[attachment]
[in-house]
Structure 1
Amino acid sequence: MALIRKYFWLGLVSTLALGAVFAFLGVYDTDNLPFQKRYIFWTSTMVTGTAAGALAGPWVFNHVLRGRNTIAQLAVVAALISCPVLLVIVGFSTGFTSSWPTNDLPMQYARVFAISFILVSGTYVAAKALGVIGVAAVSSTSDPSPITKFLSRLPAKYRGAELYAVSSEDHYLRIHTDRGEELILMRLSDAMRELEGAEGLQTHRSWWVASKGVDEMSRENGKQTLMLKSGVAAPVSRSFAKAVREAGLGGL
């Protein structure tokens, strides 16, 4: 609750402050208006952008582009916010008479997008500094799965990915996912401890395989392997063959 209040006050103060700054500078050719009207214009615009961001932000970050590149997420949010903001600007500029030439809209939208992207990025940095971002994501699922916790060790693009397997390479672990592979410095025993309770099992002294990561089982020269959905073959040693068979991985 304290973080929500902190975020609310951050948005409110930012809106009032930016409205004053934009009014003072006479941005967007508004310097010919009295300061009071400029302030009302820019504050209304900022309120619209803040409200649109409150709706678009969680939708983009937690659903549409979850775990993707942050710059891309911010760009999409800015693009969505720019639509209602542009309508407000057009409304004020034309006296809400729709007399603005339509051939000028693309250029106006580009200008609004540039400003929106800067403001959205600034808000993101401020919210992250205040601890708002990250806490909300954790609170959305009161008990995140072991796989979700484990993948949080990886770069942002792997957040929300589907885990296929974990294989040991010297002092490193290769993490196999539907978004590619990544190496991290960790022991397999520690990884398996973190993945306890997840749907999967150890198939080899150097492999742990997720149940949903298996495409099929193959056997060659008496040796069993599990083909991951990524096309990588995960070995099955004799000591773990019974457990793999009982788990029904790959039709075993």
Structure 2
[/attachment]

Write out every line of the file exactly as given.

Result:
[in-house]
Structure 1
Amino acid sequence: MALIRKYFWLGLVSTLALGAVFAFLGVYDTDNLPFQKRYIFWTSTMVTGTAAGALAGPWVFNHVLRGRNTIAQLAVVAALISCPVLLVIVGFSTGFTSSWPTNDLPMQYARVFAISFILVSGTYVAAKALGVIGVAAVSSTSDPSPITKFLSRLPAKYRGAELYAVSSEDHYLRIHTDRGEELILMRLSDAMRELEGAEGLQTHRSWWVASKGVDEMSRENGKQTLMLKSGVAAPVSRSFAKAVREAGLGGL
């Protein structure tokens, strides 16, 4: 609750402050208006952008582009916010008479997008500094799965990915996912401890395989392997063959 209040006050103060700054500078050719009207214009615009961001932000970050590149997420949010903001600007500029030439809209939208992207990025940095971002994501699922916790060790693009397997390479672990592979410095025993309770099992002294990561089982020269959905073959040693068979991985 304290973080929500902190975020609310951050948005409110930012809106009032930016409205004053934009009014003072006479941005967007508004310097010919009295300061009071400029302030009302820019504050209304900022309120619209803040409200649109409150709706678009969680939708983009937690659903549409979850775990993707942050710059891309911010760009999409800015693009969505720019639509209602542009309508407000057009409304004020034309006296809400729709007399603005339509051939000028693309250029106006580009200008609004540039400003929106800067403001959205600034808000993101401020919210992250205040601890708002990250806490909300954790609170959305009161008990995140072991796989979700484990993948949080990886770069942002792997957040929300589907885990296929974990294989040991010297002092490193290769993490196999539907978004590619990544190496991290960790022991397999520690990884398996973190993945306890997840749907999967150890198939080899150097492999742990997720149940949903298996495409099929193959056997060659008496040796069993599990083909991951990524096309990588995960070995099955004799000591773990019974457990793999009982788990029904790959039709075993």
Structure 2